Good evening, ladies and gentlemen. Or good morning, if it’s the morning when you see this. Or hello, if it’s, well, anytime. Hello.
Uh, my name is Fitz, and it’s my pleasure to be being part of your tumblr experience today unless I wasn't who you were looking for. If—if I wasn't who you were looking for, then it’s that person's pleasure to be being it, and it’s my displeasure not to be. But at least I’m here, until you click away, so it’s a little bit me, as well, and I’m pleased about that.

miss-nerdgasmz:

neferipitou:

adds “we just caught our alternate universe selves making out and now everything is super awkward” to list of shipping tropes that need to be implemented everywhere

I’VE IMAGINED THIS SO MANY TIMES

taryndraws:

Uskerty has got to be one of my favourite episodes of Cabin Pressure.  Poor Martin. Also! I’ve got stickers and prints in my new Redbubble store.

taryndraws:

Uskerty has got to be one of my favourite episodes of Cabin Pressure.  Poor Martin. Also! I’ve got stickers and prints in my new Redbubble store.

“You fail only if you stop writing.”
- Ray Bradbury (via ilovereadingandwriting)
kierenwalkerpds:

monobeartheater:

absorr:

ultrafacts:

Source For more posts like this, CLICK HERE to follow Ultrafacts 

 Some of you are reblogging because you think its funny that programmers would talk to ducks. I’m reblogging because I think its funny picturing a programmer explaining their code, realizing what they did when they explain the bad code, then grabbing the strangling the duck while yelling “WHY WAS THE FIX THAT SIMPLE!? AM I GOING BLIND!”

AS A PROGRAMMER I CAN TELL YOU THAT THIS IS EXACTLY WHAT YOU FUCKING DO WE HAD TO BAN THE DUCKS FROM MY CLASSES BECAUSE EVERYONE WOULD FLIP THE DUCK OR THROW IT AT A WALL OR SOMETHING WHEN THEY FIGURED OUT THE PROBLEM IN THEIR CODE

so that’s the function of a rubber duck

kierenwalkerpds:

monobeartheater:

absorr:

ultrafacts:

Source For more posts like this, CLICK HERE to follow Ultrafacts

 Some of you are reblogging because you think its funny that programmers would talk to ducks. I’m reblogging because I think its funny picturing a programmer explaining their code, realizing what they did when they explain the bad code, then grabbing the strangling the duck while yelling “WHY WAS THE FIX THAT SIMPLE!? AM I GOING BLIND!”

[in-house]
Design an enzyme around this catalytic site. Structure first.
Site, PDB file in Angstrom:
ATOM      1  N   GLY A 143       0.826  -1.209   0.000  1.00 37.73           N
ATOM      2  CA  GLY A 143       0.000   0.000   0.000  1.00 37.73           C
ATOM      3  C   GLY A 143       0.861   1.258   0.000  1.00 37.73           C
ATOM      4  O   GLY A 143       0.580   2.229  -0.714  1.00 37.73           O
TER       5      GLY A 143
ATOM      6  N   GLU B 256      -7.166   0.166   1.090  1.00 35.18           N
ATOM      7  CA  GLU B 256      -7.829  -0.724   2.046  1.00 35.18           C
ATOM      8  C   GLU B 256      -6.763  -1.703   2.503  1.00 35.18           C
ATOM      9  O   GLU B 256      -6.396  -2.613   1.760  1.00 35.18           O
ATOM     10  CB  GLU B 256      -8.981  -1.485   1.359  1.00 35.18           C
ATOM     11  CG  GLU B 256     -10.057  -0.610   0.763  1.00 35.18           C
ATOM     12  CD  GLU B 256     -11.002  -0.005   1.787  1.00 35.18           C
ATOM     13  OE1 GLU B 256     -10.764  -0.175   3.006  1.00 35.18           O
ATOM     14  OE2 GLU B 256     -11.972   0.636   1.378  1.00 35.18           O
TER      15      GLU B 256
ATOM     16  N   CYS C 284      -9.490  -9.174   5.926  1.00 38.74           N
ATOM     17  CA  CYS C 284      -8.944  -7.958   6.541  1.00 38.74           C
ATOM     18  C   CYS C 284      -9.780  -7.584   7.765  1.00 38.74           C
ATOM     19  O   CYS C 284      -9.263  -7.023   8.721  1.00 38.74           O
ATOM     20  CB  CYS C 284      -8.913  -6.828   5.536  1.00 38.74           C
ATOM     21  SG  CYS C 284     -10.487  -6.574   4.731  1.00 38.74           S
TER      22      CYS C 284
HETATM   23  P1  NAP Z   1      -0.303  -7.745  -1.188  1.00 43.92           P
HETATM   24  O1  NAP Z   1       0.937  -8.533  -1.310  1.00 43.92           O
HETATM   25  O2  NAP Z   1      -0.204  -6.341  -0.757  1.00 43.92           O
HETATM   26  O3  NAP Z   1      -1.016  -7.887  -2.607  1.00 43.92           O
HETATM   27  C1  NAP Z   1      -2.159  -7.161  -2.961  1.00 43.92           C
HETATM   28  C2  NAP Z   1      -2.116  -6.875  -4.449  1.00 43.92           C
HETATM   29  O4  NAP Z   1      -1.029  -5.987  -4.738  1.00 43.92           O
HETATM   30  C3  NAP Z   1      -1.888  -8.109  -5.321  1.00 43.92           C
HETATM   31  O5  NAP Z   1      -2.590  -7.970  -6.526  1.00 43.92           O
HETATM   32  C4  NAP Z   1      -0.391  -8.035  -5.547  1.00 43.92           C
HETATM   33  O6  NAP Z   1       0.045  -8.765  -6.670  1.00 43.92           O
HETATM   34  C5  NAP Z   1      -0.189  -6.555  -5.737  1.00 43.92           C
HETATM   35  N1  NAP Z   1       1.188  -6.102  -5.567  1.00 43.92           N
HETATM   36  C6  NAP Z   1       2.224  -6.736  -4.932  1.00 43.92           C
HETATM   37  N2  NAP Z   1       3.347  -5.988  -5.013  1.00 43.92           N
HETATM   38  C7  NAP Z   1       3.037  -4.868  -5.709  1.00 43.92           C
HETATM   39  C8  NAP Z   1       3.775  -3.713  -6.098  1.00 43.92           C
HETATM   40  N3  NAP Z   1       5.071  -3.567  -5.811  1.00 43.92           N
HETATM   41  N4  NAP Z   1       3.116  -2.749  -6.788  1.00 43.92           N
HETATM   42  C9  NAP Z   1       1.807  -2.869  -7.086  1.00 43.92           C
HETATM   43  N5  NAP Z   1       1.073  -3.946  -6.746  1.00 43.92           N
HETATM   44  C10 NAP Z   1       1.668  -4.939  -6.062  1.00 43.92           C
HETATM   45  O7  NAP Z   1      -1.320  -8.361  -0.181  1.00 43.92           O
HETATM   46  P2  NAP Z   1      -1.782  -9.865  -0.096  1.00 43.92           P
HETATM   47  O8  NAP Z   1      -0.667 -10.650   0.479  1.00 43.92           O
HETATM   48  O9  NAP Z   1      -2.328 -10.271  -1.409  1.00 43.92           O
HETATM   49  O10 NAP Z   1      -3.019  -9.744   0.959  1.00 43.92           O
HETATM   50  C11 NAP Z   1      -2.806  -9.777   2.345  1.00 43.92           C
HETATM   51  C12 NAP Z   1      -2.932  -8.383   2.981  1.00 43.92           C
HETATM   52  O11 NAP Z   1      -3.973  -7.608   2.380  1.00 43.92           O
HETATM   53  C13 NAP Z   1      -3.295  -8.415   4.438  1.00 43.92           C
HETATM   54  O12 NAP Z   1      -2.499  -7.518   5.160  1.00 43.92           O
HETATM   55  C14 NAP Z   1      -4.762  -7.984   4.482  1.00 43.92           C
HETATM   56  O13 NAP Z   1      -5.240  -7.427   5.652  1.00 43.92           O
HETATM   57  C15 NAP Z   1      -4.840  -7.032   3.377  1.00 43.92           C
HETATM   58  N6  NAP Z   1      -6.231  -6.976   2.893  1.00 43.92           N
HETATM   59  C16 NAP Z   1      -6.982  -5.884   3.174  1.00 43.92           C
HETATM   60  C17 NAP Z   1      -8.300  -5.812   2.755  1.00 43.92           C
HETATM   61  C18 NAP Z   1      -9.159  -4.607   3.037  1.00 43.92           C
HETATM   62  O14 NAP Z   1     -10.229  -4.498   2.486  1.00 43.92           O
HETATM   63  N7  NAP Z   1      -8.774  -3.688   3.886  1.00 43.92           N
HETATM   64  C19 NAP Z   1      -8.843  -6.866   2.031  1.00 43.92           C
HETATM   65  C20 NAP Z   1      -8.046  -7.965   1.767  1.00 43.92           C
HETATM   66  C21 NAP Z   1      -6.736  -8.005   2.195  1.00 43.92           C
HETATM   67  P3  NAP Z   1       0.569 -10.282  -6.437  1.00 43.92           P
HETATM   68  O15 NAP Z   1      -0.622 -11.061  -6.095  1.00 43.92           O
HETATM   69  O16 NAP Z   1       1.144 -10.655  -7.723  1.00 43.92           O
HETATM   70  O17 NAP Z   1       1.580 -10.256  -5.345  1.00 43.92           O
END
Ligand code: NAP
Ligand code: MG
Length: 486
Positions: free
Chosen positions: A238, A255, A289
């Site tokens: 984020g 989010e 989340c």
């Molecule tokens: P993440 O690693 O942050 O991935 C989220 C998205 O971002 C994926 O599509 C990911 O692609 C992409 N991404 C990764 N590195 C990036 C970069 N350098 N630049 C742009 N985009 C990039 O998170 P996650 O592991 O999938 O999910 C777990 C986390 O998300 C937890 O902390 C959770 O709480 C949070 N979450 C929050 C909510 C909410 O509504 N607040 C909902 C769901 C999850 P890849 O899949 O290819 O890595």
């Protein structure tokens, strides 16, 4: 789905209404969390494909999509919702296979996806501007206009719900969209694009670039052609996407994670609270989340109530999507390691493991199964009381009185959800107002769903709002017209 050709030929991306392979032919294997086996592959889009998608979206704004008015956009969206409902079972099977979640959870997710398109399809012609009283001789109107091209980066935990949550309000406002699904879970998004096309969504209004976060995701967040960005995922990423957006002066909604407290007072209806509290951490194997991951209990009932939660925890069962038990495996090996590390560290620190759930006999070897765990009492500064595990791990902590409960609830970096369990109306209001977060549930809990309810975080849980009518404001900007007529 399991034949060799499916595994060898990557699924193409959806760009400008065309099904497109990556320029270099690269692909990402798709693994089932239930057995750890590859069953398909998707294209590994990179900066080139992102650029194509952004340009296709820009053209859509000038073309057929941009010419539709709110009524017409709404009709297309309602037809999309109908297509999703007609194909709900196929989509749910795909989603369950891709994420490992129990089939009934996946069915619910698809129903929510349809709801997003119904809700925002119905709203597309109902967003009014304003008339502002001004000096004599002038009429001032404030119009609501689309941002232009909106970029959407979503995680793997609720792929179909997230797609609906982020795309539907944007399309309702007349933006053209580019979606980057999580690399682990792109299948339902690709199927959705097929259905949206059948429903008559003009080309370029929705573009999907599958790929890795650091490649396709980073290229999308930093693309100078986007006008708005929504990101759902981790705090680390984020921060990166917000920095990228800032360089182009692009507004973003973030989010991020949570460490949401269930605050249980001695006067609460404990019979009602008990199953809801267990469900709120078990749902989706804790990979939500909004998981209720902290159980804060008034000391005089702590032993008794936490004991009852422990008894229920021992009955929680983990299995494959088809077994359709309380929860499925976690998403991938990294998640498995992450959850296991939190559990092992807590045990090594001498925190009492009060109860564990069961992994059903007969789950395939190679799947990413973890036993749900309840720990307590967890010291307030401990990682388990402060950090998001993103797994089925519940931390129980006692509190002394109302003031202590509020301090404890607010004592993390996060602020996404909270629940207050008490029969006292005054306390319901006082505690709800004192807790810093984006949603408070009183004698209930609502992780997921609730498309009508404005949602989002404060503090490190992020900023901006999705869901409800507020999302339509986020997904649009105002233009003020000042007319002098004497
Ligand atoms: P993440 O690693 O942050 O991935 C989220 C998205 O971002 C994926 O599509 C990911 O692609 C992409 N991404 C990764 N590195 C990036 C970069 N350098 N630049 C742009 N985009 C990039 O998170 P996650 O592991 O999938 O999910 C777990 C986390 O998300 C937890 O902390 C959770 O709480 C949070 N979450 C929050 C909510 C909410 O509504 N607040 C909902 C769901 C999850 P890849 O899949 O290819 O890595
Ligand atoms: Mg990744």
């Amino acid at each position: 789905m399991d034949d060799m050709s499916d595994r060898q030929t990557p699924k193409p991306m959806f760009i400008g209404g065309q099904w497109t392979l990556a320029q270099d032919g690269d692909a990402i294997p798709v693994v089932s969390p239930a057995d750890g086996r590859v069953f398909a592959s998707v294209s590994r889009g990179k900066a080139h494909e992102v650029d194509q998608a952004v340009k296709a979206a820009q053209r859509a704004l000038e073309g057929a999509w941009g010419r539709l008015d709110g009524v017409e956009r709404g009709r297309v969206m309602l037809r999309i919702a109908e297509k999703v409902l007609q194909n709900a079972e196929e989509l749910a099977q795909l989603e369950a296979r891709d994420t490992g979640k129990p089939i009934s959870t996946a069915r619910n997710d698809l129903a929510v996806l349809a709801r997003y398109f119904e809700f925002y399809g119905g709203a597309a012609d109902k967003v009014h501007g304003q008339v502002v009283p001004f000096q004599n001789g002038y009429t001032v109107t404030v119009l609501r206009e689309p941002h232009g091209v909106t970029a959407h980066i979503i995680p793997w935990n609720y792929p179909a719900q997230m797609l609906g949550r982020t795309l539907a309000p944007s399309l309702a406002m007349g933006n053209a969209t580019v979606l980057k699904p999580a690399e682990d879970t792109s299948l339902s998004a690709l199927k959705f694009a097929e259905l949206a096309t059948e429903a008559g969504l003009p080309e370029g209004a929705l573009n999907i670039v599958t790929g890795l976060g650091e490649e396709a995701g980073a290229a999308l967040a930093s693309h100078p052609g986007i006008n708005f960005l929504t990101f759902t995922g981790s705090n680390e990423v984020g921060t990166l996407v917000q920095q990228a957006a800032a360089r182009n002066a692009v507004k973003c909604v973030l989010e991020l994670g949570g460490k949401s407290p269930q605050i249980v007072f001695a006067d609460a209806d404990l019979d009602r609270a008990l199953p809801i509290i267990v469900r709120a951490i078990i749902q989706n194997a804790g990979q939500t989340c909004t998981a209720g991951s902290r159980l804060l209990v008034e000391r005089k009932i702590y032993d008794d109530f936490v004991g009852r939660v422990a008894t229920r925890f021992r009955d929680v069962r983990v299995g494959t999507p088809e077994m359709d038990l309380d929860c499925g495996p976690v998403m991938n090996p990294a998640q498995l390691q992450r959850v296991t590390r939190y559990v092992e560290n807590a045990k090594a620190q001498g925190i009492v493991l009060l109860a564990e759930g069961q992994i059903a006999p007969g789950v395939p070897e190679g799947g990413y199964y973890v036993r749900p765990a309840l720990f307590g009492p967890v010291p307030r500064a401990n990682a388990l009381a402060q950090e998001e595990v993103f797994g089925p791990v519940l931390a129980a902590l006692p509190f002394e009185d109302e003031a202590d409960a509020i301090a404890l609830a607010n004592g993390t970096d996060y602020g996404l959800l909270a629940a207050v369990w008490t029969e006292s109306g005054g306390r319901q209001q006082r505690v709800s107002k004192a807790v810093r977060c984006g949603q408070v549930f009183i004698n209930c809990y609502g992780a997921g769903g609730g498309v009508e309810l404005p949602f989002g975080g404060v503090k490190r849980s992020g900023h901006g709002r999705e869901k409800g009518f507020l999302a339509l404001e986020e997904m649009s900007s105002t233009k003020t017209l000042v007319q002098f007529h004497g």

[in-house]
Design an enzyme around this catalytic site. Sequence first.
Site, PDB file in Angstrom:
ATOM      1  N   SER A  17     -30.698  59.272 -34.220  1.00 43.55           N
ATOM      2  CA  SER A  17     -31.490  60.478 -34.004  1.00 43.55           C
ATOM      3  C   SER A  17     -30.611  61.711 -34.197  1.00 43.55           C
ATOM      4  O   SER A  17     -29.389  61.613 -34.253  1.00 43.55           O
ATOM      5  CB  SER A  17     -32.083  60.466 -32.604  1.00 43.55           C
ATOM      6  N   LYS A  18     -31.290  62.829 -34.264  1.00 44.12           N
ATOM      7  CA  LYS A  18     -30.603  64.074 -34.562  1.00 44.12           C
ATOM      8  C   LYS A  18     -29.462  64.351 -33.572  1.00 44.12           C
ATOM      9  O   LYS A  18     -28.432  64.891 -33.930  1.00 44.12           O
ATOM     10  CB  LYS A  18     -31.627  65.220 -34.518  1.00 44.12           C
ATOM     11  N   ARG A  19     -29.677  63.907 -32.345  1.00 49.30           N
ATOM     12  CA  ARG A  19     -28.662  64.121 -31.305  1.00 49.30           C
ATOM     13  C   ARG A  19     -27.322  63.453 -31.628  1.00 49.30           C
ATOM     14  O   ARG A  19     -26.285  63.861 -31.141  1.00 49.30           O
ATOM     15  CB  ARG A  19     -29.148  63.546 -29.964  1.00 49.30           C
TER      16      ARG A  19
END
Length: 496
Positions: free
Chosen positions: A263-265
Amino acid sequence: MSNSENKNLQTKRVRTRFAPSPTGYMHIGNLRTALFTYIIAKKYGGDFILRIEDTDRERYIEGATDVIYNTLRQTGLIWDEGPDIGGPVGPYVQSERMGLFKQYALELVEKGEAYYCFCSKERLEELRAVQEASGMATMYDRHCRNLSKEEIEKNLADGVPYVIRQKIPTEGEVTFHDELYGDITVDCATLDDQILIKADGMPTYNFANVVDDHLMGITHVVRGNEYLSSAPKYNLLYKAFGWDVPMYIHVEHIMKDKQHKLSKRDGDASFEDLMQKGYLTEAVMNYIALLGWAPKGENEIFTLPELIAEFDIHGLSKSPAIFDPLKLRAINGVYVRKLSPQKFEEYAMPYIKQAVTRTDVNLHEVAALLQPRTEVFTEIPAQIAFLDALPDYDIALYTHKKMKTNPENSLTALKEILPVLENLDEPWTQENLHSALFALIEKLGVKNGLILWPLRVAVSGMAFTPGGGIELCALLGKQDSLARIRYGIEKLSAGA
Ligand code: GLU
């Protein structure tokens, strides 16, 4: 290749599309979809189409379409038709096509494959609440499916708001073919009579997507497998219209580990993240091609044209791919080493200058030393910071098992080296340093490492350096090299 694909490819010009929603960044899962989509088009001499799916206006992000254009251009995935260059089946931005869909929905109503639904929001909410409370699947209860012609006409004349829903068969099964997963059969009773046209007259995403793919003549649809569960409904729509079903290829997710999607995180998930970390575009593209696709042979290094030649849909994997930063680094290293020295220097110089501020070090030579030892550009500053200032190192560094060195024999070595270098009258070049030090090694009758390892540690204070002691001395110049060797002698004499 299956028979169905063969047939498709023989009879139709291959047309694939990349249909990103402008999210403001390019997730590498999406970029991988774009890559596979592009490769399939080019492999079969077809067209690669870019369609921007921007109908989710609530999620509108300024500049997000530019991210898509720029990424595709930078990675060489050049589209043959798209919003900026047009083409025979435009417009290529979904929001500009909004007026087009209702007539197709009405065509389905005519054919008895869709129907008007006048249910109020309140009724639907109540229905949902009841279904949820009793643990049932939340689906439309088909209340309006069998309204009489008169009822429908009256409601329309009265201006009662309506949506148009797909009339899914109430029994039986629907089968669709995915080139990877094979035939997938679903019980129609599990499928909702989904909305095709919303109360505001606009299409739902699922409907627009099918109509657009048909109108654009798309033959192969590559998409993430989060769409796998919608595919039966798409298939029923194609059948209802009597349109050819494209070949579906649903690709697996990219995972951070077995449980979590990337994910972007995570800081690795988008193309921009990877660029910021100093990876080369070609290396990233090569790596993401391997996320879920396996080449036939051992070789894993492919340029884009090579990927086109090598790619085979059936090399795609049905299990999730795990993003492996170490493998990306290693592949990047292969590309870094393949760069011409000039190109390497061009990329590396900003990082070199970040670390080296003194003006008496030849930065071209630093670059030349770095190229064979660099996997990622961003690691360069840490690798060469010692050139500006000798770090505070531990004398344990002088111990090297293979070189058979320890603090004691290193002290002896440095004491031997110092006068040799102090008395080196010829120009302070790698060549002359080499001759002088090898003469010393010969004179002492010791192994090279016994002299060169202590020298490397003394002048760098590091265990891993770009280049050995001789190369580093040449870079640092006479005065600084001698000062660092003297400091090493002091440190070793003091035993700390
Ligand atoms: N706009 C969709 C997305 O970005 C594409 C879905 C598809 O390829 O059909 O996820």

AS A PROGRAMMER I CAN TELL YOU THAT THIS IS EXACTLY WHAT YOU FUCKING DO WE HAD TO BAN THE DUCKS FROM MY CLASSES BECAUSE EVERYONE WOULD FLIP THE DUCK OR THROW IT AT A WALL OR SOMETHING WHEN THEY FIGURED OUT THE PROBLEM IN THEIR CODE

so that’s the function of a rubber duck

whybenedict:

whos bright idea was this for me to cry over planes and its dysfunctional airline crew

Show me a prompt/kink meme and watch me slowly lose control of my life.

tracionn:




Cabin Pressure Character Labels [6 of 7], Snoopadoopinspired by (x)

tracionn:

Cabin Pressure Character Labels [6 of 7], Snoopadoop
inspired by (x)

Anonymous asked: What's your opinion on writing from multiple perspectives? Like, one chapter would be from Bob's POV, and then the next from Shirley's, ect. Do you have any tips for this?

clevergirlhelps:

I love multiple POV stories! I really like when authors explore multiple characters and really give the readers a chance to take in the story from many perspectives.

Multiple POV stories work best when:

  • You have many plots. The more complex the story, the more information you need to feed the reader for the story to work. Sometimes it’s just not possible to get all that information through a single protagonist. Many protagonists, however, are better suited to learning all that information. Many protagonists - especially if they aren’t working together - are also better at screwing up plans and creating chaos.